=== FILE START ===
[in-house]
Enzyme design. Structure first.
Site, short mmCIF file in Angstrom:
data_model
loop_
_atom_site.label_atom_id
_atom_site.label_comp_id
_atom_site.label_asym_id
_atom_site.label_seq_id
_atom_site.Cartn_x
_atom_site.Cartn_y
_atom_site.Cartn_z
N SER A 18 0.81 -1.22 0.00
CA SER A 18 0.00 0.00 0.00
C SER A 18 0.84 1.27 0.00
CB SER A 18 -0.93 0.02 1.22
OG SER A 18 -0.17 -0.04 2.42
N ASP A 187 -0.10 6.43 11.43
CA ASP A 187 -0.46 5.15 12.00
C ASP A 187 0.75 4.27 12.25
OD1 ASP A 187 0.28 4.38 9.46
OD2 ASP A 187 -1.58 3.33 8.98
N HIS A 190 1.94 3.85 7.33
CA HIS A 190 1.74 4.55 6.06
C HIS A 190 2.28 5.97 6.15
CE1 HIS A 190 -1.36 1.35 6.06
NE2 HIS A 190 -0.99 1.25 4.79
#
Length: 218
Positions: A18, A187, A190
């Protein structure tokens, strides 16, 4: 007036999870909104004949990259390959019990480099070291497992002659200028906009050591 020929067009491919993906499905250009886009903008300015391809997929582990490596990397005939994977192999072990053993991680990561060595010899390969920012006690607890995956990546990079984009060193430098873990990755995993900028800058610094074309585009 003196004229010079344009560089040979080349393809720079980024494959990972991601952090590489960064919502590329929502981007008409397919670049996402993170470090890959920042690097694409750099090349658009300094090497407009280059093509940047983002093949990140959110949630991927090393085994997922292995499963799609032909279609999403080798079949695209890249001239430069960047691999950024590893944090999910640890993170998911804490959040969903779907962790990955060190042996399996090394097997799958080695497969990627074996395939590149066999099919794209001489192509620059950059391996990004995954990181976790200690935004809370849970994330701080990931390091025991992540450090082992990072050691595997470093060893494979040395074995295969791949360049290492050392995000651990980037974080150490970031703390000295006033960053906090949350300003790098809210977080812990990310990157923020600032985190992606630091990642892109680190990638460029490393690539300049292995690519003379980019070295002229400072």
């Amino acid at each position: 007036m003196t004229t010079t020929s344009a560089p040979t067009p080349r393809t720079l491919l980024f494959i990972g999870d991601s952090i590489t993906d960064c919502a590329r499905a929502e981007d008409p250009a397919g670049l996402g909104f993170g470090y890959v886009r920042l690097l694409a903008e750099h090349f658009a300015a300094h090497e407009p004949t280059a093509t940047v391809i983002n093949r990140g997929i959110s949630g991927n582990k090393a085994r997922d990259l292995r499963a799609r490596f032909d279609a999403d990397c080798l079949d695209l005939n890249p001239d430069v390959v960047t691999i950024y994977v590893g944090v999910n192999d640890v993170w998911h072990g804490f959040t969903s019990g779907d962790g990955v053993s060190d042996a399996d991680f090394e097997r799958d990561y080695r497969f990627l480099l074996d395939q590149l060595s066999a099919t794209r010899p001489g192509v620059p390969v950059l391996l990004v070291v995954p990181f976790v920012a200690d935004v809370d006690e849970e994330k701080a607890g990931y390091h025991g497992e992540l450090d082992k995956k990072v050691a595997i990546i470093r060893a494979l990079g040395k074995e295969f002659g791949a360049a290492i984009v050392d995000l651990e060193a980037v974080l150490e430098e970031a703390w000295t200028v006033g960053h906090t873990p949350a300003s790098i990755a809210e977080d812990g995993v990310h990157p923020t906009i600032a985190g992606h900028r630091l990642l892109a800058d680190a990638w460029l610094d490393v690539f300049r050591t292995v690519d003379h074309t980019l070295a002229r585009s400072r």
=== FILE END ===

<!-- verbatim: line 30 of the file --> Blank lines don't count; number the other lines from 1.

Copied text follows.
Positions: A18, A187, A190